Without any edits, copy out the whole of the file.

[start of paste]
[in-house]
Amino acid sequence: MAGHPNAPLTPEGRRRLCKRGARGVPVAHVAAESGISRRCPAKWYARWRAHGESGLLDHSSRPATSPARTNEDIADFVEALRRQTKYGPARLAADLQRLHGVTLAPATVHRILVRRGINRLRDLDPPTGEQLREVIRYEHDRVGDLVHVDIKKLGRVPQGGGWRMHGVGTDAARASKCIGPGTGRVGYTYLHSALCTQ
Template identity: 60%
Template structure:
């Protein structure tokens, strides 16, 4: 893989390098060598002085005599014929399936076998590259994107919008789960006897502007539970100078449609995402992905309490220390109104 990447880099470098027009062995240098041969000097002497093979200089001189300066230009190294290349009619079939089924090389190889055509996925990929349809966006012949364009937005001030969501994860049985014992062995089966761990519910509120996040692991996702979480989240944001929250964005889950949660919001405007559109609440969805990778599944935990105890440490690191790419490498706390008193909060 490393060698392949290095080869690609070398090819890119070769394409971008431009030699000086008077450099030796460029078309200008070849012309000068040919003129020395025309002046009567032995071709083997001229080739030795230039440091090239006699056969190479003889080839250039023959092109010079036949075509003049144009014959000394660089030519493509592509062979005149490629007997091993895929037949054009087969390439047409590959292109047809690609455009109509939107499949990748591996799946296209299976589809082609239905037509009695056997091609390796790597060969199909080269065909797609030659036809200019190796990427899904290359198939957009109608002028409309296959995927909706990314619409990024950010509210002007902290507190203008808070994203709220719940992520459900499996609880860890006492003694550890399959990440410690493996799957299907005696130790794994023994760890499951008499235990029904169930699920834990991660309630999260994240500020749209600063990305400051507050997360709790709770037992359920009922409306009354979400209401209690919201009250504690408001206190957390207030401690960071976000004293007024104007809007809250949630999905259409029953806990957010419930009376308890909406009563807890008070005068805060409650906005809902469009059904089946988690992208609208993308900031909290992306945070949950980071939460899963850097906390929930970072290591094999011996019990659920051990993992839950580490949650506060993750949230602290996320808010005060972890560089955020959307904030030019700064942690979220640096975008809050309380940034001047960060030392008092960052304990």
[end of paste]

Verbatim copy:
[in-house]
Amino acid sequence: MAGHPNAPLTPEGRRRLCKRGARGVPVAHVAAESGISRRCPAKWYARWRAHGESGLLDHSSRPATSPARTNEDIADFVEALRRQTKYGPARLAADLQRLHGVTLAPATVHRILVRRGINRLRDLDPPTGEQLREVIRYEHDRVGDLVHVDIKKLGRVPQGGGWRMHGVGTDAARASKCIGPGTGRVGYTYLHSALCTQ
Template identity: 60%
Template structure:
């Protein structure tokens, strides 16, 4: 893989390098060598002085005599014929399936076998590259994107919008789960006897502007539970100078449609995402992905309490220390109104 990447880099470098027009062995240098041969000097002497093979200089001189300066230009190294290349009619079939089924090389190889055509996925990929349809966006012949364009937005001030969501994860049985014992062995089966761990519910509120996040692991996702979480989240944001929250964005889950949660919001405007559109609440969805990778599944935990105890440490690191790419490498706390008193909060 490393060698392949290095080869690609070398090819890119070769394409971008431009030699000086008077450099030796460029078309200008070849012309000068040919003129020395025309002046009567032995071709083997001229080739030795230039440091090239006699056969190479003889080839250039023959092109010079036949075509003049144009014959000394660089030519493509592509062979005149490629007997091993895929037949054009087969390439047409590959292109047809690609455009109509939107499949990748591996799946296209299976589809082609239905037509009695056997091609390796790597060969199909080269065909797609030659036809200019190796990427899904290359198939957009109608002028409309296959995927909706990314619409990024950010509210002007902290507190203008808070994203709220719940992520459900499996609880860890006492003694550890399959990440410690493996799957299907005696130790794994023994760890499951008499235990029904169930699920834990991660309630999260994240500020749209600063990305400051507050997360709790709770037992359920009922409306009354979400209401209690919201009250504690408001206190957390207030401690960071976000004293007024104007809007809250949630999905259409029953806990957010419930009376308890909406009563807890008070005068805060409650906005809902469009059904089946988690992208609208993308900031909290992306945070949950980071939460899963850097906390929930970072290591094999011996019990659920051990993992839950580490949650506060993750949230602290996320808010005060972890560089955020959307904030030019700064942690979220640096975008809050309380940034001047960060030392008092960052304990």